Where in the World is God?

Our western view of God, heaven and the earth may get in the way of understanding where in the world is God.

I have been listening with some relish to the new podcast, Ask NT Wright Anything, with Justin Brierley the host of Unbelievable! podcast fame. NT Wright is currently the Research Professor of New Testament and Early Christianity at St. Mary’s College in the University of St. Andrews in Scotland. (Wikipedia) He is a renowned scholar and prolific writer and speaker.

In listening to the first few episodes of the new podcast, I have become interested in NT Wright’s view the kingdom of God, the ascension and what it means that someday Jesus will “come again on the clouds”.  calls westerners “innate Epicureans” who believe that “heaven is a long way away”. Thus, when we think of something like the ascension of Jesus, we imagine him rising up to heaven far away where He “sits at the right hand of the Father”.

This image of Jesus in heaven far away seems to be suggested in the passages from which we have coined the term ascension. The Gospel of Luke describes it this way: “While [Jesus] was blessing them, He parted from them [left them] and was carried up [taken up] into heaven”. (Luke 24:51 (NASB/ESV)) In Acts, the description is that “He was lifted up while they were looking on [taken up before their very eyes], and a cloud hid him [received Him] from their sight [out of their sight].” (Acts 1:9 NASB/ESV)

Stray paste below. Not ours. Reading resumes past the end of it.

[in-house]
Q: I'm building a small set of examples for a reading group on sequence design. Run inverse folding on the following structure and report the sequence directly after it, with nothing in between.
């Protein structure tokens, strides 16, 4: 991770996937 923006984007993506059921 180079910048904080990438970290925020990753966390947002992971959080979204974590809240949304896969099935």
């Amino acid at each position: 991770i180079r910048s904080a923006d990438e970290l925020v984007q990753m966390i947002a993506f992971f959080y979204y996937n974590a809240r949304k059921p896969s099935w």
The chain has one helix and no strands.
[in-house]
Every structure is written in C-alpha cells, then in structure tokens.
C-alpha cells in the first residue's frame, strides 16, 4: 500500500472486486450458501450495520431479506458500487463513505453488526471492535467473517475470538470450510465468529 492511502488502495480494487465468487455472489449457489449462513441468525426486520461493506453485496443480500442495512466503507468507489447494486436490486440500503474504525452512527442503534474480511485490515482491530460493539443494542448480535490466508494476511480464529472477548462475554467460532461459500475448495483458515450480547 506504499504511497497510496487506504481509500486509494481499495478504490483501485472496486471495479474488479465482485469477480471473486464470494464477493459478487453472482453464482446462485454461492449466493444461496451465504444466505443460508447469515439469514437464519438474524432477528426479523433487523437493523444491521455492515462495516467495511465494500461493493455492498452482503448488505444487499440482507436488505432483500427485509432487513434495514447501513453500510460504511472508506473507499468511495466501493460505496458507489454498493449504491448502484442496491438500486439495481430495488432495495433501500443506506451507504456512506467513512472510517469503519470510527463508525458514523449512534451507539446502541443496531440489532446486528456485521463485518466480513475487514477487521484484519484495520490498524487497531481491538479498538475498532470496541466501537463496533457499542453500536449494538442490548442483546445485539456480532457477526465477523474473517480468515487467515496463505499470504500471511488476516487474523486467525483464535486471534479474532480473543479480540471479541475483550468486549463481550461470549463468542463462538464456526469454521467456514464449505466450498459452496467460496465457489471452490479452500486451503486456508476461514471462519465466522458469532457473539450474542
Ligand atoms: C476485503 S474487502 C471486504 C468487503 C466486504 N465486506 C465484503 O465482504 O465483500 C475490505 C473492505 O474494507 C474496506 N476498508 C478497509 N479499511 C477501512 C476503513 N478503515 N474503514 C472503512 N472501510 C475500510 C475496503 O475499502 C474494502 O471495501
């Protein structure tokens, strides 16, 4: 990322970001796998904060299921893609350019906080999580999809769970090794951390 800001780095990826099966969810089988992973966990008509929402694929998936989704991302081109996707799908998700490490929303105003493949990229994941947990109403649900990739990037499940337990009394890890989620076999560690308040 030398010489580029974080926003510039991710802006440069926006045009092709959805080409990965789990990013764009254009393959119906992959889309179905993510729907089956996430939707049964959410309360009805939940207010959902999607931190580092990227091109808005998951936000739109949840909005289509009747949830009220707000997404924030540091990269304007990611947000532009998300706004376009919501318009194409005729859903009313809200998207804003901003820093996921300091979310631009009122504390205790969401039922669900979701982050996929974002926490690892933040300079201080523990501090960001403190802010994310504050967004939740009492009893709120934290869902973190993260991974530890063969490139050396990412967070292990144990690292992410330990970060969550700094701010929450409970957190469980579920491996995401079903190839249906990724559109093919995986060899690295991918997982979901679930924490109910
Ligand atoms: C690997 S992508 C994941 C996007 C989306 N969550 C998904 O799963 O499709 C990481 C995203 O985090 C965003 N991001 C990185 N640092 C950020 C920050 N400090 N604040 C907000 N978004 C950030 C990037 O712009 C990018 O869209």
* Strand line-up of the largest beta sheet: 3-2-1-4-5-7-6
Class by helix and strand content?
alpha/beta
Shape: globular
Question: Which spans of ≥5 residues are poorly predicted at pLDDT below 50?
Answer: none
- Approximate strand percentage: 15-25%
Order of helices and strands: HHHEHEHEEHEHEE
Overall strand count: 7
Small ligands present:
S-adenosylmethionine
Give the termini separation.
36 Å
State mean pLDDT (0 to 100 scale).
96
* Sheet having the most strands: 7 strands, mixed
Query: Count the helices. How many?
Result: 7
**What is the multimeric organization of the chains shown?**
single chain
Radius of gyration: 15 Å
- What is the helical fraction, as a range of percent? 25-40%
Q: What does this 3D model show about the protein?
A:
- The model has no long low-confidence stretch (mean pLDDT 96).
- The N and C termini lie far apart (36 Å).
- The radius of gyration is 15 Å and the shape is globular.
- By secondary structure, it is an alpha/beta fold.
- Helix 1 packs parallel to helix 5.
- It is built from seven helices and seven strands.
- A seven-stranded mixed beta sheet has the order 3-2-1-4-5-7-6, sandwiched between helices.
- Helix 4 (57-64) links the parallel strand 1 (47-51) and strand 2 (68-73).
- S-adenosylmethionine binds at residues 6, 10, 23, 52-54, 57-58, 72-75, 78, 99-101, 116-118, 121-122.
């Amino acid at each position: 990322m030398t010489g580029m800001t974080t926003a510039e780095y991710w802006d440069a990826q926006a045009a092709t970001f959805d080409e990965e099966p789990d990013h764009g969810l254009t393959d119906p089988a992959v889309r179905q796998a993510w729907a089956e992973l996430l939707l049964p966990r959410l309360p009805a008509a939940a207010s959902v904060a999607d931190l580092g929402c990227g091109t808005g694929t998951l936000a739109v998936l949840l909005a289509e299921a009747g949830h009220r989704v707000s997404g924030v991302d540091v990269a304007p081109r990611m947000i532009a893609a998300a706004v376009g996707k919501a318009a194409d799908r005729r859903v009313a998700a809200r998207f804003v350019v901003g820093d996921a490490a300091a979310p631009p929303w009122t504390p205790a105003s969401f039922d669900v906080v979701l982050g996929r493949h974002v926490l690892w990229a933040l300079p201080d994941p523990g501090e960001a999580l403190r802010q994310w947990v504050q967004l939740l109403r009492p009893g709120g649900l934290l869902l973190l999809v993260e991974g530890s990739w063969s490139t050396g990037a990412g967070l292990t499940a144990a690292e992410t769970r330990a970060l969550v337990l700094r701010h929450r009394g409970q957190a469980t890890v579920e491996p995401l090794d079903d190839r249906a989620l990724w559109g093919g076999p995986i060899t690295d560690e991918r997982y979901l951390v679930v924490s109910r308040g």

In Luke, the phrase, “parted and was carried” is a translation of the one Greek word, diístēmi, meaning literally “to set apart, to intervene, make interval” and translated as carried, parted and/or passed.[i] In the Greek, it appears (to me) that some interpretation is apparent in the English verb tenses used: “He parted and was carried [taken]”. The first phrase conveys action on the part of Jesus, and the second phrase conveys some action asserted upon Jesus, presumably from the Father.